W alk into any pet supply store and you are greeted with rows of colorful leashes and collars. Sometimes it’s easier to go strictly by appearance or price, but choosing the right items can make a huge different for your dog and you! The mass variety of productions on the market can make decisions overwhelming.
Different dogs benefit from different things. My go to choice for smaller breed dogs are harnesses. Small breed dogs and mixes (around twenty pounds or less) have a high prevalence of trachea problems. Harnesses distribute pressure more evenly in the event a dog is pulling, releasing the neck from carrying the entire load. This decreases the chance of hurting a fragile trachea.
Harnesses are also great options for dogs that are strong pullers. They can be more comfortable than outdated choker and prong collars. Front clip harnesses give owners more control then back clips. Back clip harnesses can actually encourage pulling, since a dog’s immediate reaction to pressure is to pull in the opposite direction.
Another option is martingale collar. Martingales tighten when a dog pulls and loosen when tension is released. It’s a gentler take on choke collars and prong collars. Choke collars keep tightening where martingales release. Though they look scarier, prong collars are actually less invasive than choke chains. Chokers and prong collars tend to rely solely on the walking equipment to stop bad behavior, rather than using training to teach leash manners. Martingales can be a great training tool to help instill loose leash walking thanks to the addition and release of pressure.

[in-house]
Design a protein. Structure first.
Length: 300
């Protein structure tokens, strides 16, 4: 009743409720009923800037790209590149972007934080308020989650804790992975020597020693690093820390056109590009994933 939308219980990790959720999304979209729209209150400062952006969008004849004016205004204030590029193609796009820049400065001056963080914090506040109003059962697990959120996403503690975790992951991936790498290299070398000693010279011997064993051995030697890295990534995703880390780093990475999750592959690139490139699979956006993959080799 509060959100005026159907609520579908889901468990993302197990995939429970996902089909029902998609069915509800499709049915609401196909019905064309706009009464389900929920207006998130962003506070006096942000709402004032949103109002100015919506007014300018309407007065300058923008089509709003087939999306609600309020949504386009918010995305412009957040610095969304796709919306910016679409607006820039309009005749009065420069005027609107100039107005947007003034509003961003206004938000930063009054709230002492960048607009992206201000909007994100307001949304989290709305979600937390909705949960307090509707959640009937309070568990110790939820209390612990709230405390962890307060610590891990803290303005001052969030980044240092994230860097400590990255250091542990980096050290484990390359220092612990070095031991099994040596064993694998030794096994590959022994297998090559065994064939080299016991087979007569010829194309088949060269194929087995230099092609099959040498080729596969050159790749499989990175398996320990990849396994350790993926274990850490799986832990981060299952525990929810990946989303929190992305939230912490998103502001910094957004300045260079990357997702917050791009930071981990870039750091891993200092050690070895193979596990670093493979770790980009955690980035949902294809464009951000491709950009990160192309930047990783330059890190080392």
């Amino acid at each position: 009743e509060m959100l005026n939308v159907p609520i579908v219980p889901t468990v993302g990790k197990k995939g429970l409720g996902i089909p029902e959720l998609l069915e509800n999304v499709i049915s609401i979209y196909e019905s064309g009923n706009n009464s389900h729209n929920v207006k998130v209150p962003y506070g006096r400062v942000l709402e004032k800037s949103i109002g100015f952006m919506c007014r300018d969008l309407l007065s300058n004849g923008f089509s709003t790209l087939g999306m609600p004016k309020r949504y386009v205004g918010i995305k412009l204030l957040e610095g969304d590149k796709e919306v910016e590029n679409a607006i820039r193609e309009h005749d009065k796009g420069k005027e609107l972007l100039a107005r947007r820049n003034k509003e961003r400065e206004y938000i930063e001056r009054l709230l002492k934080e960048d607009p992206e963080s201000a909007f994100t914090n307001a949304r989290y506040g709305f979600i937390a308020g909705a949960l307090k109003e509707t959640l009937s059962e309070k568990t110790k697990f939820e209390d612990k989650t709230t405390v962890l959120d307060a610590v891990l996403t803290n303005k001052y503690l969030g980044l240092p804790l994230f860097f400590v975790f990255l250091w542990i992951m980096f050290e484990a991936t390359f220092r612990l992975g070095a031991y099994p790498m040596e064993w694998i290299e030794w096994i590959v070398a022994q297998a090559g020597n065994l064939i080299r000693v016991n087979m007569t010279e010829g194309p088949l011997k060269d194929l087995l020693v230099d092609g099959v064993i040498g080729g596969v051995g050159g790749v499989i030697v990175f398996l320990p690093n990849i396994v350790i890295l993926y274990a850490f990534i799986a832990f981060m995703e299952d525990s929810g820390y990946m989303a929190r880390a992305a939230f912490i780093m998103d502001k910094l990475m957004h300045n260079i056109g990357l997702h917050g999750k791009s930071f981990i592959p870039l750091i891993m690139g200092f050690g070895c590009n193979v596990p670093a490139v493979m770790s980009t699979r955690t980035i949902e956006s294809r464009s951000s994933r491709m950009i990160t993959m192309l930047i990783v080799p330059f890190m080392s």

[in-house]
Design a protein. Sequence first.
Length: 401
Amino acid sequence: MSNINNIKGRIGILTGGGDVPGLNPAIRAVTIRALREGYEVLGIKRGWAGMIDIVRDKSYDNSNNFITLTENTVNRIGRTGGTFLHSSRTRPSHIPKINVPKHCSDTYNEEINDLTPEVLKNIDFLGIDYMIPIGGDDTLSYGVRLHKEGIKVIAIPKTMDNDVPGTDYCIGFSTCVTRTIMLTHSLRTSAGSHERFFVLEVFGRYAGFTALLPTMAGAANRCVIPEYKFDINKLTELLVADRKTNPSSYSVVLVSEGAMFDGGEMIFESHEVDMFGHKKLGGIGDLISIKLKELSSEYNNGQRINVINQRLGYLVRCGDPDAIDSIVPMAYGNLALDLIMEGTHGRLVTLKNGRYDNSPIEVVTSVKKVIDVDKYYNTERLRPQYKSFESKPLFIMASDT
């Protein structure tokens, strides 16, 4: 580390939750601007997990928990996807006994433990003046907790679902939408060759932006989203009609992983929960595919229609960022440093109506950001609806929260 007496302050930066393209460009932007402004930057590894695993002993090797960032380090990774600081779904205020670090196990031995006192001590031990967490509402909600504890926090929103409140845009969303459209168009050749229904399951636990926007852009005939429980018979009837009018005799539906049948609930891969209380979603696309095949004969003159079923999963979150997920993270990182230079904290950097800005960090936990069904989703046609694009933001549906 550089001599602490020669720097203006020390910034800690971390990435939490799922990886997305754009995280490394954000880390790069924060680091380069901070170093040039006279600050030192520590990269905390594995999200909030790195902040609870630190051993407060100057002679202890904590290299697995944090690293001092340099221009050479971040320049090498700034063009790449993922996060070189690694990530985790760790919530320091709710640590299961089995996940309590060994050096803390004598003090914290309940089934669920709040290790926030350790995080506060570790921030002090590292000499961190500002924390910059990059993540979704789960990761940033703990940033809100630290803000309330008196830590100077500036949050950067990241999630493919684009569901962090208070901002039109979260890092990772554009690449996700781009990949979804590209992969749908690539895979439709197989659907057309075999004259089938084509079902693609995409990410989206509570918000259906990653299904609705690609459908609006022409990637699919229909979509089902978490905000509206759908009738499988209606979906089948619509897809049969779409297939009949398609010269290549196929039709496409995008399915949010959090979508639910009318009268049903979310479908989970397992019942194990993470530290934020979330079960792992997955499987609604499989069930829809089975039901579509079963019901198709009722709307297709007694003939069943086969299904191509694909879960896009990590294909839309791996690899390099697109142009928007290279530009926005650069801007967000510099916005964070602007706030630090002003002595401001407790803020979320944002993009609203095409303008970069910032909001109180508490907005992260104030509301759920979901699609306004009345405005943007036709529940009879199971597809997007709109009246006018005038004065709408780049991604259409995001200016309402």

Loose leash walking is the best method to control pulling and teach proper leash manners. Instead of yanking back on the leash when a dog pulls, you stop and wait to resume walking until the leash slacks up. Over time, this teaches your dog that when he is not pulling, he gets to walk, and when he is, the walk stops. The walk is the reward! If you stop and your dog is still pulling at the leash, try getting his attention with a name call or some treats. It can be helpful to carry treats to redirect attention from exciting stimuli such as squirrels, dogs, people, bikes, etc. The more practice and reward of desired behaviors and the less time spent performing unwanted behaviors helps a dog progress faster and stronger.
A traditional collar with tags is important in case your pup ever gets loose, but choosing a front clip harness or martingale can help you make large strides developing polite walking skills. Putting in a little training each day can eliminate the desire to turn to more controversial equipment options like choke chains, prong collars, or even shock collars. Every dog is an individual, so asking pet supply staff or a trainer can help better assess your dog’s case. Happy trails!